Previously by David T. Beito: Something is Rotten in Montgomery
Anyone who thinks that they know anything about World War I, Harry S. Truman, or Winston Churchill should first read Great Wars and Great Leaders: A Libertarian Rebuttal by Ralph Raico. Once they do, they might realize just how little they really know. I have taught and researched American history for a quarter century but there was a lot here that was completely new to me.
In elegant, and often witty, prose, Raico demolishes interpretations that all too many historians, and members of the reading public, take for granted. Few single volumes by any historian pack so much punch, and or have so much breadth.
Raico shows, for example, that historians who accept the Fischer Thesis, which puts the main blame for World War I on Germany, as the "last word" on the subject are sadly mistaken.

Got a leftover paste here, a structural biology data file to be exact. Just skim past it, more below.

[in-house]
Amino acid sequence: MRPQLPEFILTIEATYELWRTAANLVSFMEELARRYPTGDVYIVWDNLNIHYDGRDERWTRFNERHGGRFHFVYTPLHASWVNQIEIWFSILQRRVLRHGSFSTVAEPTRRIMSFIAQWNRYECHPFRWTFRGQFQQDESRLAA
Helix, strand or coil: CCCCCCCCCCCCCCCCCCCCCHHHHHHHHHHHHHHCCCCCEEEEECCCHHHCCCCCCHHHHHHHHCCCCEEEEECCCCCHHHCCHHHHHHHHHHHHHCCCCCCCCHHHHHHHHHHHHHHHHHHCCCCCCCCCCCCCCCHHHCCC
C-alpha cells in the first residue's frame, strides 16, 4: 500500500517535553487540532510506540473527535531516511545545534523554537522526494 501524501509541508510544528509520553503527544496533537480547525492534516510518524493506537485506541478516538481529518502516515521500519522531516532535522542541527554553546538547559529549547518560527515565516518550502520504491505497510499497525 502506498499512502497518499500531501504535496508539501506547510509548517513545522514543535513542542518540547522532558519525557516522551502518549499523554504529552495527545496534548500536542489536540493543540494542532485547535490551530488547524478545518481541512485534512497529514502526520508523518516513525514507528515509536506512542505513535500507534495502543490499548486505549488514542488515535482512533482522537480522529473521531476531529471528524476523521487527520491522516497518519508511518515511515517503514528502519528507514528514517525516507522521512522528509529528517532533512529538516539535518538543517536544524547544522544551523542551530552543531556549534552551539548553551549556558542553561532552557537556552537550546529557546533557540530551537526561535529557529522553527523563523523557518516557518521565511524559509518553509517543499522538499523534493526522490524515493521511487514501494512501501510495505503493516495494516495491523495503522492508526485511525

Raico pokes apart the standard assumption that Winston Churchill was a far-sighted and principled wartime leader who consistently opposed Communism. Champions of Truman as a great president will find it hard to explain away stunning evidence of the "plucky little man from Missouri’s" habitual resort to emergency powers and politically cynical war scares.
Those of us in need of rich material for lectures in American history, on the other hand, will be able to profit from a treasure trove of revealing quotations, richly illustrative anecdotes, and high-powered interpretation. Ralph Raico has performed a great service in writing this book.
Reprinted with permission from the History News Network.